Naugatuck native’s culinary flair a fan favorite

Emma Louth competes in the S. Pellegrino Almost Famous Chef Competition held earlier this month in Napa Valley, Calif. Louth won the Acqua Panna Fan Favorite Award. -CONTRIBUTED

Emma Louth’s culinary skills didn’t quite make her famous. However, one thing’s for sure. The 21-year-old senior at Drexel University and Naugatuck native has quite the cult following.


Louth, a 2007 graduate of Naugatuck High School and culinary major at Drexel, won the Acqua Panna Fan Favorite Award during the 9th annual S. Pellegrino Almost Famous Chef Competition held earlier this month in Napa Valley, Calif.

Louth was one of 10 finalists in the competition in which culinary students from across the country and globe compete for the chance to make the finals and win the grand prize of $10,000 and a year-long paid apprenticeship with a chef of their choice.

The finals were streamed live online and viewers were given the opportunity, at the end of the competition, to cast their vote for their favorite chef.

Louth garnered the most votes taking home the Fan Favorite Award and a $3,000 prize.

“Thanks to those who voted for me,” Louth said. “It was very exciting.”

The Almost Famous Chef Competition first caught Louth’s eye early in her college career.

Louth explained Drexel University hosted the regional competitions during her freshmen and sophomore years.

“When I got to senior year I knew it was something I wanted to participate in,” Louth said.

So, Louth made her signature dish-roasted bison tenderloin with smoked, deep fried oysters-and was chosen by her faculty as one of two Drexel students to move on to the regional competition in Baltimore, Md., held in January.

At the regionals, Louth had two hours to cook eight portions of her dish for the judges. When it was all said and done, she won.
“I was surprised,” Louth said. “But, at the same time I thought I had a chance.”

After winning the regionals, it was off to California for a weekend of culinary clashes March 11 through March 13.

The first event was the “mystery basket” competition in which the finalists were given ingredients, the main one being a rack of pork, to cook anything they wanted. Contestants had 15 minutes to create a recipe and two hours to cook ten entrees.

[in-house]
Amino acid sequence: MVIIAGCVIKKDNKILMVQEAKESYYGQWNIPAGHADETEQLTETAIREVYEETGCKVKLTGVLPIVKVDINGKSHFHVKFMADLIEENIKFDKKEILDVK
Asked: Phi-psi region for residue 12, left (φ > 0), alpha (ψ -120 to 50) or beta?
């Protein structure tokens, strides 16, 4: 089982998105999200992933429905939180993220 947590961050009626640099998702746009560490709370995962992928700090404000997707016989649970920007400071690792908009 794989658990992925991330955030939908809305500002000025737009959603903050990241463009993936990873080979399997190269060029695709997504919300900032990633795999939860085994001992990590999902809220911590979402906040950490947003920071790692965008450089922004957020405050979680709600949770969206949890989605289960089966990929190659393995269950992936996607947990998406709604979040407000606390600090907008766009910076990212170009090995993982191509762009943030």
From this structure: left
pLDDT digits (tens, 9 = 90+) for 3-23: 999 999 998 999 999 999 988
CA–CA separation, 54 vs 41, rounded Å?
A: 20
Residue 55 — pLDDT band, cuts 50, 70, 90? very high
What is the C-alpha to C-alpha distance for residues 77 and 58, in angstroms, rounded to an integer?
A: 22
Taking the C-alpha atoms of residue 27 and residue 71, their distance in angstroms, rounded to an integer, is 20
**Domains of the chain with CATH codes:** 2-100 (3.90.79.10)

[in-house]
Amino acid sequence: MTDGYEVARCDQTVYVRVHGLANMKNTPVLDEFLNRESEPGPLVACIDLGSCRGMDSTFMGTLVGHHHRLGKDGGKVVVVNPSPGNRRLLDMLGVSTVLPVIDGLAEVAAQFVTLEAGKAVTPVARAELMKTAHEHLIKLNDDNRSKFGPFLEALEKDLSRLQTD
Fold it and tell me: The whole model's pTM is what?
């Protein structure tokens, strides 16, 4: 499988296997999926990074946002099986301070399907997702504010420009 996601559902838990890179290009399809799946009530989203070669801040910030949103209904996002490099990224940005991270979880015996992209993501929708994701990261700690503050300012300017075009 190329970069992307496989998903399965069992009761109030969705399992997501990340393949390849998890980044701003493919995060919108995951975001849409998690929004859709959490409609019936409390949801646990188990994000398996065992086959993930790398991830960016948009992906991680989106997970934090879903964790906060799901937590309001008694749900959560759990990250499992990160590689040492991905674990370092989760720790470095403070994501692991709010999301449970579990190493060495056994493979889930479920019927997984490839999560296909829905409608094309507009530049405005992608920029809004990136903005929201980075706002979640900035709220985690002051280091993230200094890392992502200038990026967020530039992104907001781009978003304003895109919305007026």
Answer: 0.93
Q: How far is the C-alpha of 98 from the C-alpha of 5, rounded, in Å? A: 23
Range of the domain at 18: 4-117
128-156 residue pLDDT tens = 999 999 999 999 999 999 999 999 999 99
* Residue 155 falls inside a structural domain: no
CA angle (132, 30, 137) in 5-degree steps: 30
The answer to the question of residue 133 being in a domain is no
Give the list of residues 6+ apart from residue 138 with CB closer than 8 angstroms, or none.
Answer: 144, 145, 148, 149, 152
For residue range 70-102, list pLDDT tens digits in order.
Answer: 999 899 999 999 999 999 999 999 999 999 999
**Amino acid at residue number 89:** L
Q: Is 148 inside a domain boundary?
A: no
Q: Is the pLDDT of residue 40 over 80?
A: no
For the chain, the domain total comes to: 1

Louth said the mystery basket contest was a bit nerve-racking because no one knew what ingredients they would be given before hand. Louth made braised pork chops with roasted root vegetables and fresh ricotta.

On final day of the competition each contestant had to make their signature dish in appetizer portions for 200 people.

Once the competition had ended, the voting began for the Fan Favorite Award and the tally could be seen by all the contestants.

“Myself and one other person were neck and neck the whole time,” Louth said.

Louth said she had a lot of family and friends watching all weekend and as the votes drew to a close in tight fashion she frantically called people to let them know to cast their vote for her.

And her fans came through.

“They were fighting on the home front I guess you could say,” Louth said.

On the home front is where Louth’s interest in cooking was first sparked, although she didn’t know it at the time.

Growing up, Louth said she would always watch her father and grandparents cooking and couldn’t pull herself away.

“It was really sort of something I was drawn to,” Louth said. “But I don’t think I noticed at the time.”

As a high school student, Louth’s attraction to cooking grew when she took a culinary arts class. By the time she went on to college, she had decided a future in the culinary arts was for her.

Louth described her experience during the competition as surreal but exciting. She said it was thrilling to be able to cook for so many high-ranking professionals in the culinary industry and have them taste her dishes and her give her feedback.

The Naugatuck native will graduate in June from Drexel with a major in culinary arts and a minor in education. What comes next is a mystery basket all its own.

Louth said she plans to travel abroad after graduation in order to work in different places and countries to learn a variety of culinary specialties. After that, she might open her own restaurant down the road or possibly go into teaching.

“But, who knows,” Louth said.

One thing is certain. Wherever Louth’s culinary path takes her she will always have her fans.